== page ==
Last week, we looked at how to develop a successful measuring strategy on a strategic level. Now let's drill down a bit further with more methods for setting up success metrics.
Setting Up SMART Goals
We've all learned the importance of setting goals. It's critical to set up the right success metrics for your digital marketing campaign. Armed with your organization's strategic vision and overall business objectives, you can start setting up individual goals for each channel you use.
A great approach is using a SMART goal. SMART goals take more time and energy to set up, but it helps to ensure a quality goal. SMART stands for:
First, define a goal that is clearly stated and specific. For example, "Increase our average monthly unique visitors to our Web site from 10,000 to 20,000 within six months." This is specific and measureable. Any good Web analytics program can track that performance.
Contrast that goal with "Increase our Web site traffic this year." Can you see the difference? Even though this may seem simple, how many of us take the time to set up a clearly defined goal?
Next, make the goal attainable. We all want to rank number one for our target keywords in our SEO campaign. Is that really attainable? Is it realistic? Probably not.
How about "Increase our ranking for [target keyword” from page 6 to page 2 within the next six months"? This might be more attainable and realistic. Any past analytics you have should help you identify the right trends to help you set a realistic and attainable goal.
Finally, it's OK to have long-term goals and five-year strategic plans to help provide a vision for where your organization is going. For purposes of measuring success, you need to have short-term milestones that help you feel like you're hitting targets in a timely manner.
The last two examples used a time span of six months. You might consider monthly, quarterly, or other short time segments for your success metrics. Either way, setting up short-term gains puts you in a better position to measure your long-term successes.
You've probably heard someone rattle off a statistic like "We have 560 followers on Twitter" or "Our site had 4,000 visits this month." These common statistics don't say much in the context of your competition, your industry, or even within your own company.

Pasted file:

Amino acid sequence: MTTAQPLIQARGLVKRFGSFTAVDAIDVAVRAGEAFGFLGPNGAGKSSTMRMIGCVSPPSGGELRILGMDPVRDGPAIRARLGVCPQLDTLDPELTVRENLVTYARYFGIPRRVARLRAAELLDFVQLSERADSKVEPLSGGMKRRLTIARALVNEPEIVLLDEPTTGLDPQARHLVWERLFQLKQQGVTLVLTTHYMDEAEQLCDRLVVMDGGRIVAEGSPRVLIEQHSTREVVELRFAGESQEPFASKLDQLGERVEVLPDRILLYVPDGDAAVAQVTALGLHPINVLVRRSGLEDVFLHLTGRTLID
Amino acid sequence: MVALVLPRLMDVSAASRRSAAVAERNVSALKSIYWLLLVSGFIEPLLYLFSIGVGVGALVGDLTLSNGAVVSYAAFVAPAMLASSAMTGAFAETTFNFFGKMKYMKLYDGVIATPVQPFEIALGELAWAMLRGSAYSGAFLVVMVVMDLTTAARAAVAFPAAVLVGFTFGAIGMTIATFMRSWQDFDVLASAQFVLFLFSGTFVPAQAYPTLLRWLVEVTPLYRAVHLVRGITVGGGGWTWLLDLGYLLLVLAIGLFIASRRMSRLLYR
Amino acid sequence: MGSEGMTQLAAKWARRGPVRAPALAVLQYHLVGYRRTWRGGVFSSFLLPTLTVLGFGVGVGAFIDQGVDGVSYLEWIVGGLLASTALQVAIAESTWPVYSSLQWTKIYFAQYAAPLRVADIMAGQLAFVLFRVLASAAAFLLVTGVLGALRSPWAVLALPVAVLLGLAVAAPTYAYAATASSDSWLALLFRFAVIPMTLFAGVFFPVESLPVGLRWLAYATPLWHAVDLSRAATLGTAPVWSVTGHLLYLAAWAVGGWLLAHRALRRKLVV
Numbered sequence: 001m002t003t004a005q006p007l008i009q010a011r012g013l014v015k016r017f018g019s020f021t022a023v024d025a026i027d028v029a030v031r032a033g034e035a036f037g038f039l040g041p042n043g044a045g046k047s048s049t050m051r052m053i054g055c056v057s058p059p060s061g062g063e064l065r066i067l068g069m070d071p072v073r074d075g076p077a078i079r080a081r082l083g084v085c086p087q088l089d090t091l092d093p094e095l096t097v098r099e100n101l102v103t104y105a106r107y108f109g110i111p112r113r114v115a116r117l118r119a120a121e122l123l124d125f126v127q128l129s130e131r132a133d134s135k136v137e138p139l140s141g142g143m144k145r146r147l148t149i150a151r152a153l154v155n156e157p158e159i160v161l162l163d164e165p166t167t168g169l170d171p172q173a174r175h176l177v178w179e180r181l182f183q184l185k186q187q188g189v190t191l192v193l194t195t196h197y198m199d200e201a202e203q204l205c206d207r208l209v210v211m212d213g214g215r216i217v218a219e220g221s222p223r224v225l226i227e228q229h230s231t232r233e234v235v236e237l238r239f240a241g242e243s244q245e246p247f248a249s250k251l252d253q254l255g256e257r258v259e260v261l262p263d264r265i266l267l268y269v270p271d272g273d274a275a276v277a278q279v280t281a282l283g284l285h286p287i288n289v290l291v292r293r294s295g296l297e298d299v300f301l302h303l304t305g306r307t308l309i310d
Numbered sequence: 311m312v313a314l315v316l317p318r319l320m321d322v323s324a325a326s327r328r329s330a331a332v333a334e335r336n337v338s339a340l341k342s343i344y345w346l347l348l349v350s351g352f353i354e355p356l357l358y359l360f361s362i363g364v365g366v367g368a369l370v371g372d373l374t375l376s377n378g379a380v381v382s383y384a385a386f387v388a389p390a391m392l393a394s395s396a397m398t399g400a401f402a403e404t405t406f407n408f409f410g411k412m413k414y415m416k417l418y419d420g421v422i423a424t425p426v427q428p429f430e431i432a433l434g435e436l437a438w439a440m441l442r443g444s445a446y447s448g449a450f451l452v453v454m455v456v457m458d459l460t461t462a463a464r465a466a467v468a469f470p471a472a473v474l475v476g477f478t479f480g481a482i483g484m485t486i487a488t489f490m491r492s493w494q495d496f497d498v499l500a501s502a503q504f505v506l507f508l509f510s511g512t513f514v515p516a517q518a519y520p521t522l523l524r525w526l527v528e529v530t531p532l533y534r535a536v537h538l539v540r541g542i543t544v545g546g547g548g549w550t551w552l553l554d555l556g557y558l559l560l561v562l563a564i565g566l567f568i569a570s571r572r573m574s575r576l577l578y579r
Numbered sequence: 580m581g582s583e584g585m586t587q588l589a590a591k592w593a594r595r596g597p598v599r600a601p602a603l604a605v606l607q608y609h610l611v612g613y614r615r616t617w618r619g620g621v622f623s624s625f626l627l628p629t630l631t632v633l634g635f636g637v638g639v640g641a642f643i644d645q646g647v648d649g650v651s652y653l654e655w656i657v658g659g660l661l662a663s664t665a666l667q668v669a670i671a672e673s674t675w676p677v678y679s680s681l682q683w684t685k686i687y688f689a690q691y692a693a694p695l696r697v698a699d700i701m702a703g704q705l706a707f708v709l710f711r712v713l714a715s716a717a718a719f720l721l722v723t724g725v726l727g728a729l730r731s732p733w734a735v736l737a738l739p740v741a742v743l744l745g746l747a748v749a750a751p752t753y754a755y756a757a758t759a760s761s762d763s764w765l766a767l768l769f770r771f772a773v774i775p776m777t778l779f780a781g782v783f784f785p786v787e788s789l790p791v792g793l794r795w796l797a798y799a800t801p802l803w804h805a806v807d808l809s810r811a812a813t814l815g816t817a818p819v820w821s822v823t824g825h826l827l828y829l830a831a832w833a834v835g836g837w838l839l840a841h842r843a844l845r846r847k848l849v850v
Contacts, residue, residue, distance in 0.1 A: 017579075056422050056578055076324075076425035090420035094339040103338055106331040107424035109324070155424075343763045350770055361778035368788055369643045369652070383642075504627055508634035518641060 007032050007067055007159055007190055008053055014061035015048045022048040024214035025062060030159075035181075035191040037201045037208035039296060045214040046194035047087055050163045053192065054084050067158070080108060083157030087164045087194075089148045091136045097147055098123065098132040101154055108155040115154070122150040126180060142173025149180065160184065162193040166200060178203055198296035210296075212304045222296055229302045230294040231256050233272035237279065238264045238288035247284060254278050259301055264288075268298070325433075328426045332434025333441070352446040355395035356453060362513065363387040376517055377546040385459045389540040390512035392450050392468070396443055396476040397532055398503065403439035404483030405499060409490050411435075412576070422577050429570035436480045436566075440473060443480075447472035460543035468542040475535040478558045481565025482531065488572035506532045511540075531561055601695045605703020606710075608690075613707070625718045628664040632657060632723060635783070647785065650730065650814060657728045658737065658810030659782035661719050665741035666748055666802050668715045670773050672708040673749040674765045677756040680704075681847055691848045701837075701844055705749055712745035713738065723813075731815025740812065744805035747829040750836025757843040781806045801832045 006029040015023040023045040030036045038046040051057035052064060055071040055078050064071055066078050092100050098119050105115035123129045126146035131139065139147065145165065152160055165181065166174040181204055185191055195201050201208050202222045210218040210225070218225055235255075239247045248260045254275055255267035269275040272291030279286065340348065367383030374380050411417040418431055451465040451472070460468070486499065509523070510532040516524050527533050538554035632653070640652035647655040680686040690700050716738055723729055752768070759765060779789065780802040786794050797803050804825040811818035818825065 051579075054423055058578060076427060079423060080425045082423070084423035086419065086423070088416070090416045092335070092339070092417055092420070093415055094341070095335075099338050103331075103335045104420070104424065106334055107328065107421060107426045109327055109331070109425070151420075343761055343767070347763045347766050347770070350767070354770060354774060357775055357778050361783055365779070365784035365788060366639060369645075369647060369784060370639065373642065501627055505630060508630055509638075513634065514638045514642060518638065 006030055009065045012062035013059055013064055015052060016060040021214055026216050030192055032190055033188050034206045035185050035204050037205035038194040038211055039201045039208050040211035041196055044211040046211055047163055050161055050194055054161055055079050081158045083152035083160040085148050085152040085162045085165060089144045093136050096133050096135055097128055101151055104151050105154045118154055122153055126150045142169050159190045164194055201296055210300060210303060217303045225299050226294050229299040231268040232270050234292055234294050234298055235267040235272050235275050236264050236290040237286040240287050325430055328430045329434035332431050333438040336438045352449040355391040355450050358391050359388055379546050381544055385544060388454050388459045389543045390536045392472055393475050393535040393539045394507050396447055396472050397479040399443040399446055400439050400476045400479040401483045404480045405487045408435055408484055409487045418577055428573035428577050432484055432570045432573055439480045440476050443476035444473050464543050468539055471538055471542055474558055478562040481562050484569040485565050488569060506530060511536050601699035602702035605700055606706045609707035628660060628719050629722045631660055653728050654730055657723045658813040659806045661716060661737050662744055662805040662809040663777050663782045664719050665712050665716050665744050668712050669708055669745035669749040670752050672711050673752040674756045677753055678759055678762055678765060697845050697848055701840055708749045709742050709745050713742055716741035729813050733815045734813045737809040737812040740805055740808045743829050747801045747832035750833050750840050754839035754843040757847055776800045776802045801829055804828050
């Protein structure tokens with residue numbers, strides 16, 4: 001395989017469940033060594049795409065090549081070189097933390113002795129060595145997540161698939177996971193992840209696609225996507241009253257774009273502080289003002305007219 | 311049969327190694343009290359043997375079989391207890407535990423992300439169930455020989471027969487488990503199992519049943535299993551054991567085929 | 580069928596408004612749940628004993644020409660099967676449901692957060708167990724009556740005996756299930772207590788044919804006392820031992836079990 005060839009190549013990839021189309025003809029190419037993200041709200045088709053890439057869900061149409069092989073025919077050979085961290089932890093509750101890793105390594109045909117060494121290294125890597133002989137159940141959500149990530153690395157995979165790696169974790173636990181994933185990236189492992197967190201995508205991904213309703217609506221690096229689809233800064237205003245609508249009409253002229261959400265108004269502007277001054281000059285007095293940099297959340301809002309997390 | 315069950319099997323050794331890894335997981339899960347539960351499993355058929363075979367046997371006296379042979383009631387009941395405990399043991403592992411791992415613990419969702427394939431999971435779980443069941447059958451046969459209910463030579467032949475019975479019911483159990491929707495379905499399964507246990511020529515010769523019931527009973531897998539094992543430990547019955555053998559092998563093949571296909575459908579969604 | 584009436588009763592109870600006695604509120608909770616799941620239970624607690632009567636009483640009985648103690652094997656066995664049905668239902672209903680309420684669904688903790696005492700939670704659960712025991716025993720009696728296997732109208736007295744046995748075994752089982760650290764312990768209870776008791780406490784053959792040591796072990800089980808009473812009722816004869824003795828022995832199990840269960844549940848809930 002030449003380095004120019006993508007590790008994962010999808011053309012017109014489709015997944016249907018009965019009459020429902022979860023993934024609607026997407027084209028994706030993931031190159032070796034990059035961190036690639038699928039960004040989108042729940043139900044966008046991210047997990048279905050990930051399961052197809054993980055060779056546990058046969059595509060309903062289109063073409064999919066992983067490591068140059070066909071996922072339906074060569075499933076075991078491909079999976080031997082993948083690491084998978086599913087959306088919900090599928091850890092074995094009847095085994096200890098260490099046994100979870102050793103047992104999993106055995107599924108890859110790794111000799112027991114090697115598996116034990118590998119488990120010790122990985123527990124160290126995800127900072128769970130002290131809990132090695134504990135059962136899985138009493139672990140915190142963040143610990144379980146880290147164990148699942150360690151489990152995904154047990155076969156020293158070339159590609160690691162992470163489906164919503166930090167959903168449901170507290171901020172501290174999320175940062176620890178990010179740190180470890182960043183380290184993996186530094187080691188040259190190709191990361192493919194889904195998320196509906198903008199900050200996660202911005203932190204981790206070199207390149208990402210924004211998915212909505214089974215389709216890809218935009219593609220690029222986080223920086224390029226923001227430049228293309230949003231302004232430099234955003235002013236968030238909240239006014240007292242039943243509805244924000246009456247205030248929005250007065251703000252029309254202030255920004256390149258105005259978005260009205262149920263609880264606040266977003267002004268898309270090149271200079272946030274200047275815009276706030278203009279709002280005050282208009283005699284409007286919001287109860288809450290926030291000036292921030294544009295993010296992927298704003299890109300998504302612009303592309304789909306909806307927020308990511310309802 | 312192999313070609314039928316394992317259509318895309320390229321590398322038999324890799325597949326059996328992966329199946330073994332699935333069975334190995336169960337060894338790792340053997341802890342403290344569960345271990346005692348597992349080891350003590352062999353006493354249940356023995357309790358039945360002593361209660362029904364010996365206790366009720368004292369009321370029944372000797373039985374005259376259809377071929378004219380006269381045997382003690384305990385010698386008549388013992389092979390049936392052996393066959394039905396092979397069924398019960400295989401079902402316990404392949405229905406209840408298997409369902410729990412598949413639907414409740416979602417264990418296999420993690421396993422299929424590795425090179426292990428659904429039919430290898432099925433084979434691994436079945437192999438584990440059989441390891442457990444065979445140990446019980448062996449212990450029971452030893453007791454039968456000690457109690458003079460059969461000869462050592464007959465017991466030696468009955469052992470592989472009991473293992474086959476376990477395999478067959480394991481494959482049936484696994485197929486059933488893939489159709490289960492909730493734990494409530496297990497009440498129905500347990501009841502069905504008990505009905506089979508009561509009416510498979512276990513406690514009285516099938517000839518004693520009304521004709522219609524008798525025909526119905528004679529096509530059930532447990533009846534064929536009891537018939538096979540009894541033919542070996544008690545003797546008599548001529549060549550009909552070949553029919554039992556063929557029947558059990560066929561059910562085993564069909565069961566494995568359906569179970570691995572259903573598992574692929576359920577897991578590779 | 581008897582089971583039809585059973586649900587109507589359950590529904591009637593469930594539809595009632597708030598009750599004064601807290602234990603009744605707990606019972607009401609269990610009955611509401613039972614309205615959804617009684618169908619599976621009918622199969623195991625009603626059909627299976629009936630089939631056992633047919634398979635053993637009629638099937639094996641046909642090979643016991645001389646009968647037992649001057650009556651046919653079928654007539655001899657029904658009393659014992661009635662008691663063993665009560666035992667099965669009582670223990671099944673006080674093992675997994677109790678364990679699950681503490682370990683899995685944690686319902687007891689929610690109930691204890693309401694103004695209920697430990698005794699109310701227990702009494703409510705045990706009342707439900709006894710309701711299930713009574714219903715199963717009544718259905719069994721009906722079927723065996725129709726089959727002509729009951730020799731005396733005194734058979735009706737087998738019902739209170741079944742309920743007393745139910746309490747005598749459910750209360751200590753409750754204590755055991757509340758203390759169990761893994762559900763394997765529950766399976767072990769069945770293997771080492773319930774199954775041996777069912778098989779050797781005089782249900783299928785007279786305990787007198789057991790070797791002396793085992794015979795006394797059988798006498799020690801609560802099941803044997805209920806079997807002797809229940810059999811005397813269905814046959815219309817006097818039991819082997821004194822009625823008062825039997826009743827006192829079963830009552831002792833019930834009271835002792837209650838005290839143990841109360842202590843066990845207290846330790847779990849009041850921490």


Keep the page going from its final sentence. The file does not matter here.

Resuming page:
Have you benchmarked your competition or other similar sites within your industry? How many followers do they have on Twitter? How about internally, what was your traffic like a month ago or at the beginning of your search campaign?
Benchmarking is a simple concept that will help put your statistics in a clearer, more meaningful context.
Measuring Tools and Methods
There are many tools out on the market for measuring SEO and PPC campaigns that we won't go into here. There are also a handful of solid tools for measuring your Web site performance we've discussed in past columns.
Social media, however, is still a challenge to set up the right success metrics. There are some great tools out there, like Scout Labs and Radian6, for measuring social media statistics. Regardless, it's still important to identify what you want to get out of a social media campaign first and then pick the right tool.
Avinash Kaushik, on his blog, brings some fresh thinking to analyzing social media from a quantitative and qualitative perspective. He points out that these new channels are a "distinct customer/participant experience" and that a new and fresh approach to measurement is needed for optimal results.
Most of this may seem obvious, but it's amazing how many companies disregard the fundamentals. They hope they can buy a tool that will do it all and skip the important homework assignment that will make all the difference.
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